Dear Ozziesmum, thank you for taking the time to post the experience of your mother-in-law and for your positive comments in relation to the care she received from the staff on Ward B5.

I am however concerned to read of your mother-in-law’s experience following her discharge and please pass on my sincere apologies to her for creating such confusion and further anxiety. If she would like me to take forward her concerns then please contact our Patient Services department on 01709 424461 who will be more than happy to discuss these concerns and her on-going care needs.

With kind regards,


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Update posted by ozziesmum (a relative)

Thank you for taking the time to respond to my story, its great to know that you are accessing patient views from this site.

I do think you missed the point of the story though. This was not an attempt to bump my mother-in-law up the waiting list or to solely resolve her issue, but to highlight to you what patients in general are experiencing.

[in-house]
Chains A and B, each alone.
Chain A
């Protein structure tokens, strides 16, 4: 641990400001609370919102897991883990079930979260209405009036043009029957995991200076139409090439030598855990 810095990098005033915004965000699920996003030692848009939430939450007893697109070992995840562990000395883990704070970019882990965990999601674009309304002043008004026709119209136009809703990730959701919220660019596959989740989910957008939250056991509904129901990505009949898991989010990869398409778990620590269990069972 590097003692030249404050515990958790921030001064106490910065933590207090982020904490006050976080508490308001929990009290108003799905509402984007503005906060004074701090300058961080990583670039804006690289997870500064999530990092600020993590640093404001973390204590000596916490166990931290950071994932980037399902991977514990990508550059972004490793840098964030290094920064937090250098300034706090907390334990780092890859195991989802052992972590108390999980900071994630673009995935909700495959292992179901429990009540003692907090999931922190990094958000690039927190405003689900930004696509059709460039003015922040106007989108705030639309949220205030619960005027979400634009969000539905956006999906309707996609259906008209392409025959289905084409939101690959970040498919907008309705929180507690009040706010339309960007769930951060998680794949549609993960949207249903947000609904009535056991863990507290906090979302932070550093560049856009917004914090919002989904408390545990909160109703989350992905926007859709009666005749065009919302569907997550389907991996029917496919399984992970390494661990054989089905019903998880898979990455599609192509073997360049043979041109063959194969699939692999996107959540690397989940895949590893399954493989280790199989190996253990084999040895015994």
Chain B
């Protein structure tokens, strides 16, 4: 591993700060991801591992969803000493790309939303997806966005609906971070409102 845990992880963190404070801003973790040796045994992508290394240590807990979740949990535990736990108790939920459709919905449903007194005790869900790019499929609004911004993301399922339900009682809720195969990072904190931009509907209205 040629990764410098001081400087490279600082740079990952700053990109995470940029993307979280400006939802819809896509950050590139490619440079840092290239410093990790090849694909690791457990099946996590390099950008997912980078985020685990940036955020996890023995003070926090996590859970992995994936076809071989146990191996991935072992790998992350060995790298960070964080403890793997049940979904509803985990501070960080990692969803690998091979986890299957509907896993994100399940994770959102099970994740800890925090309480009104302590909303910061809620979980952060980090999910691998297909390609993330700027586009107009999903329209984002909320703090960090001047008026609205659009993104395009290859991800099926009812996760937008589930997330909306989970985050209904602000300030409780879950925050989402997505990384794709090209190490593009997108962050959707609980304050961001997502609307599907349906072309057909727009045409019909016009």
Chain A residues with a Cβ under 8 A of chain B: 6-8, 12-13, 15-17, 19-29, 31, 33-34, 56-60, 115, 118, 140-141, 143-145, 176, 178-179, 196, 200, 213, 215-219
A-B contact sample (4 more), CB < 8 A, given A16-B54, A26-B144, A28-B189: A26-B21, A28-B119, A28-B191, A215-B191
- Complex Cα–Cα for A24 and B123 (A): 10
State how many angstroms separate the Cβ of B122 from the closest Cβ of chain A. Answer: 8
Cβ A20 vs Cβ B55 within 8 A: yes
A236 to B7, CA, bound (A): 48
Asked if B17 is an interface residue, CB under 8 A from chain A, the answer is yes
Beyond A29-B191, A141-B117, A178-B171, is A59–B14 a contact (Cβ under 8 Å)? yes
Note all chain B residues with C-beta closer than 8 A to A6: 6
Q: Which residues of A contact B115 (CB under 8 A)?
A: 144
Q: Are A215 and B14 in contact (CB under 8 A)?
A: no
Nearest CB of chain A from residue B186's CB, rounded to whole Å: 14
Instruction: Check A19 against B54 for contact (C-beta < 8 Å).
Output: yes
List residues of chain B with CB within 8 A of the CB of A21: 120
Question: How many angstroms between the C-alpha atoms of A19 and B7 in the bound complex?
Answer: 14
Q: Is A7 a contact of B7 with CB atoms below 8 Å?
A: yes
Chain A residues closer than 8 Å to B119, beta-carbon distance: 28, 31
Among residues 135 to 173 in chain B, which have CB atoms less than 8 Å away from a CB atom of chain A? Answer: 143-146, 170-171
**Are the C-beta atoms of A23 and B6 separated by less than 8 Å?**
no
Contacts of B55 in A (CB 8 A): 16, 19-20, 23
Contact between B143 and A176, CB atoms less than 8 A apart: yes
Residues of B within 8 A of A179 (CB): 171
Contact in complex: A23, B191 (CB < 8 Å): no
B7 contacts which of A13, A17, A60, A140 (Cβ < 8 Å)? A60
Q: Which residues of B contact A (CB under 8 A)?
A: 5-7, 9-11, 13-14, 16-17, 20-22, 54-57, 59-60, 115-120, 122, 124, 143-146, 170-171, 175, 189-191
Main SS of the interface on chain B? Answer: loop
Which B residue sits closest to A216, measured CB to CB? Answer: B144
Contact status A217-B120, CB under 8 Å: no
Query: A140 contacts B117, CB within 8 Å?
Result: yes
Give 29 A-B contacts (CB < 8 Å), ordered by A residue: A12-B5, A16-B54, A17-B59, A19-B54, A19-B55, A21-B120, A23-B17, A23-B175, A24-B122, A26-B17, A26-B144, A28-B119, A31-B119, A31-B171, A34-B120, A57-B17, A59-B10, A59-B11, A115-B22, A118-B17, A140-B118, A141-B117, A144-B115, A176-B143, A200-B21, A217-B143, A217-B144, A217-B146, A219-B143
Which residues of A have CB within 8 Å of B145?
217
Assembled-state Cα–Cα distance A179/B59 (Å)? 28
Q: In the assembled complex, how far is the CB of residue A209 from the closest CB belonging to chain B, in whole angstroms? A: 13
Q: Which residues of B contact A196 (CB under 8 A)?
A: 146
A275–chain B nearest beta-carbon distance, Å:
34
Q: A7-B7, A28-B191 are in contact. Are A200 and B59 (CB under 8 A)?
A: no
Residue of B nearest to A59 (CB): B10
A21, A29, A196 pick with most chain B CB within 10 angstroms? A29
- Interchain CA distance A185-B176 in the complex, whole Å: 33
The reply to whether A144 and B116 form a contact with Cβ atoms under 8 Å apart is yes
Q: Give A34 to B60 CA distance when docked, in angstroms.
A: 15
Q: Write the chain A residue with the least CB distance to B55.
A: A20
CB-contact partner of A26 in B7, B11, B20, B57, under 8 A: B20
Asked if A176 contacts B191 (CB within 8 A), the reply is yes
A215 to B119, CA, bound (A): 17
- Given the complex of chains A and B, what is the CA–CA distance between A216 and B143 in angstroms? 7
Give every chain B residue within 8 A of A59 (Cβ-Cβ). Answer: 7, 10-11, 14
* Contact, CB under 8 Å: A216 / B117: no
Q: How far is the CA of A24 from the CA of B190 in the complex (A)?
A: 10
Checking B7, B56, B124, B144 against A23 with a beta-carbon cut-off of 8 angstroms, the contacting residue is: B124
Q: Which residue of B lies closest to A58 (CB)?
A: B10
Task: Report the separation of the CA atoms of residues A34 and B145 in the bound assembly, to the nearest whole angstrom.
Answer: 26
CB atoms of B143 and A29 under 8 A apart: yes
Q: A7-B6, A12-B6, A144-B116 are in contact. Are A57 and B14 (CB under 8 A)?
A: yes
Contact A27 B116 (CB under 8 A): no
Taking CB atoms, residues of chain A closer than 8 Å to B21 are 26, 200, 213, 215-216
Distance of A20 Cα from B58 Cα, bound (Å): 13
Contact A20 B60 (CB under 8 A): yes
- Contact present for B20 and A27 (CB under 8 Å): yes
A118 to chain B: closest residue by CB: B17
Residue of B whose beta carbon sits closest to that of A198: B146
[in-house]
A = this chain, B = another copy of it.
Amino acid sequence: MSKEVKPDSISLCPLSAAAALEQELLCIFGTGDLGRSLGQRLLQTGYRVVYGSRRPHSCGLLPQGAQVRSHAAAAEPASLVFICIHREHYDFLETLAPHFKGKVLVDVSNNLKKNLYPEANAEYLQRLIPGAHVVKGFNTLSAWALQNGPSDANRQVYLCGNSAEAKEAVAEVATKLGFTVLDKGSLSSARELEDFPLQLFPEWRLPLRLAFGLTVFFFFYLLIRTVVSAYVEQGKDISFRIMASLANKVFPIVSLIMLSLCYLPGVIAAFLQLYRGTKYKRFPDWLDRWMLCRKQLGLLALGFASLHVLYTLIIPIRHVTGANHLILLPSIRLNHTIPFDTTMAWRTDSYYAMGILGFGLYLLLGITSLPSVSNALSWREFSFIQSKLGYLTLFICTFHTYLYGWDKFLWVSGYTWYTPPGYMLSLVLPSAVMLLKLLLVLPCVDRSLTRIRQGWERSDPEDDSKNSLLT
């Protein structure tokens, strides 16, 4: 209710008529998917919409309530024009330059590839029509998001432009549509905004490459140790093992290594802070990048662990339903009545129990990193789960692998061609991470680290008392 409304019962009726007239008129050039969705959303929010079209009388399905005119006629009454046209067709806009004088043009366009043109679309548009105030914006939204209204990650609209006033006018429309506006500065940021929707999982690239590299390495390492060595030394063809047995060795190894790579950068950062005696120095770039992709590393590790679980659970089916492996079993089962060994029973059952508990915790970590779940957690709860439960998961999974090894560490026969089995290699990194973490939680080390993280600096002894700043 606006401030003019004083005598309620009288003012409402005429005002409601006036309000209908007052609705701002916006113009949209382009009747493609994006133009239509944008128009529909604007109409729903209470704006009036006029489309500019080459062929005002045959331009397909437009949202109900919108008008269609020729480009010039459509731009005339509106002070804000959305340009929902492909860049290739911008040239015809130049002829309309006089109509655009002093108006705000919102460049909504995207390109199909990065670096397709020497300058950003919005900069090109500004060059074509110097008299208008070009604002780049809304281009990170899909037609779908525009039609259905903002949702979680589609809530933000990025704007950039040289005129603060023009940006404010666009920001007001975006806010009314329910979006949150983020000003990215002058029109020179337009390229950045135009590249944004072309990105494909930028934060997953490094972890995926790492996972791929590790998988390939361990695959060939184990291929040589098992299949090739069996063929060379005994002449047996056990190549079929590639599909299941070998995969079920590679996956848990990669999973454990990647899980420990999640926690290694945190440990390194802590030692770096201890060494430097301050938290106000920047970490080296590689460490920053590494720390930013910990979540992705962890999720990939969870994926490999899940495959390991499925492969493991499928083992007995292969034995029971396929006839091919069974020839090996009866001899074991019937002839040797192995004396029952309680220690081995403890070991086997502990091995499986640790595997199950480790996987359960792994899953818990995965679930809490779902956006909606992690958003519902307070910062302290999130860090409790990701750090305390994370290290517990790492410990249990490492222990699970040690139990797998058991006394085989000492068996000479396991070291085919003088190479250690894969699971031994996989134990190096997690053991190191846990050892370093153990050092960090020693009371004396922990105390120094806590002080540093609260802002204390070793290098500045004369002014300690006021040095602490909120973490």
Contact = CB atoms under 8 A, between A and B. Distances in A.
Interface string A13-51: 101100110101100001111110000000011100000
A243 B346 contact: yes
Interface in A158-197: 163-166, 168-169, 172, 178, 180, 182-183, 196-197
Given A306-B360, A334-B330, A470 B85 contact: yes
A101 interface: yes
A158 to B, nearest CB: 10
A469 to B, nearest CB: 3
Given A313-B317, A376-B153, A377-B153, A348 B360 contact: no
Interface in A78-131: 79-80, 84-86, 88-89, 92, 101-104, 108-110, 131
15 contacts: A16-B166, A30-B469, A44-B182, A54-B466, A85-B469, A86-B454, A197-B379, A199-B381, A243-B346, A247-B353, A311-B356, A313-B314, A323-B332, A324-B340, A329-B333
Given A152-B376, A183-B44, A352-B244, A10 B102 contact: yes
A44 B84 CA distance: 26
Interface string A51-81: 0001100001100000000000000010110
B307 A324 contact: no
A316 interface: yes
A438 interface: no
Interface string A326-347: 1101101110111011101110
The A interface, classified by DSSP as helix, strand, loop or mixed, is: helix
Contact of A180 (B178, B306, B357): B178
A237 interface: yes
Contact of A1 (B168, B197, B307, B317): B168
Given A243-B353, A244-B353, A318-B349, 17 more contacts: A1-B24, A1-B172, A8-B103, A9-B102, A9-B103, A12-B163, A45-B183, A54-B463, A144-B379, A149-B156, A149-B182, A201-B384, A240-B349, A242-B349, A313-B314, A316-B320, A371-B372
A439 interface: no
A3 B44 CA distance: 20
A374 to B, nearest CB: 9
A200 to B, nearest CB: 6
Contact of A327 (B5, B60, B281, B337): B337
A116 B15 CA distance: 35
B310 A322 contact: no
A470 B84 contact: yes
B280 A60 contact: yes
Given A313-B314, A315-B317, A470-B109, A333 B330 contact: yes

I would have preferred a response outlining how the hospital intends to improve its communication processes in general, rather than a standard response given by so many hospitals of 'please contact us to discuss this one example of a less than satisfactory service'.

Response from Grace Oldfield, Patient Involvement Manager, Rotherham NHS Foundation Trust

Dear Ozziesmum,

Thank you for providing further feedback and I sincerely apologise if you feel that I had interpreted your comments as an attempt to ‘bump’ your mother-in-law up the waiting list as that was certainly not my intention.

I can assure you that we do have communication processes in place and whilst some variances experienced can relate to a failure of the system / process, it is more often how individual staff behaves that is the most significant feature. This is why we ask for you to contact us, if you wish, as this gives us the opportunity to investigate your individual circumstances by identifying the departments and therefore the individuals involved in order to provide them with specific feedback. Whilst you did highlight the pre-assessment service, it is possible that some of the interactions were with other departments.